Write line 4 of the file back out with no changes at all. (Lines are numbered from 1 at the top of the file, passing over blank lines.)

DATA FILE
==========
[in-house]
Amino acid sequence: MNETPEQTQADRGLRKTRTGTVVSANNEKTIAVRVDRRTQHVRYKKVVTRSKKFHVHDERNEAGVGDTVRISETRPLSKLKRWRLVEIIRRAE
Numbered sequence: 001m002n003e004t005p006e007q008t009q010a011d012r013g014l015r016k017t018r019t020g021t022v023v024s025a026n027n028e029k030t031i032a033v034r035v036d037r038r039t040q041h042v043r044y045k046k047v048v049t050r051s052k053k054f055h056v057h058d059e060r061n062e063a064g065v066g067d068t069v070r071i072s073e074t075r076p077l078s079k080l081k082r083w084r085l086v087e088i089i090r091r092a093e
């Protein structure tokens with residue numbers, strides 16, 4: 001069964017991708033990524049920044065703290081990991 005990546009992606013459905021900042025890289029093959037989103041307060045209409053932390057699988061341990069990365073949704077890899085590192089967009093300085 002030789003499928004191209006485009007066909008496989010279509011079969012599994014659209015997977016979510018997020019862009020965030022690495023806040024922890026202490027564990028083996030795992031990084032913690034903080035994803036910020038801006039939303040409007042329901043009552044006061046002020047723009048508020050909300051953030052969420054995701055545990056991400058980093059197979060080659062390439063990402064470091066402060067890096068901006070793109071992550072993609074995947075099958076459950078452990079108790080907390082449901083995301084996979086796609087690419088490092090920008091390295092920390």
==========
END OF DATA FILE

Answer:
């Protein structure tokens with residue numbers, strides 16, 4: 001069964017991708033990524049920044065703290081990991 005990546009992606013459905021900042025890289029093959037989103041307060045209409053932390057699988061341990069990365073949704077890899085590192089967009093300085 002030789003499928004191209006485009007066909008496989010279509011079969012599994014659209015997977016979510018997020019862009020965030022690495023806040024922890026202490027564990028083996030795992031990084032913690034903080035994803036910020038801006039939303040409007042329901043009552044006061046002020047723009048508020050909300051953030052969420054995701055545990056991400058980093059197979060080659062390439063990402064470091066402060067890096068901006070793109071992550072993609074995947075099958076459950078452990079108790080907390082449901083995301084996979086796609087690419088490092090920008091390295092920390």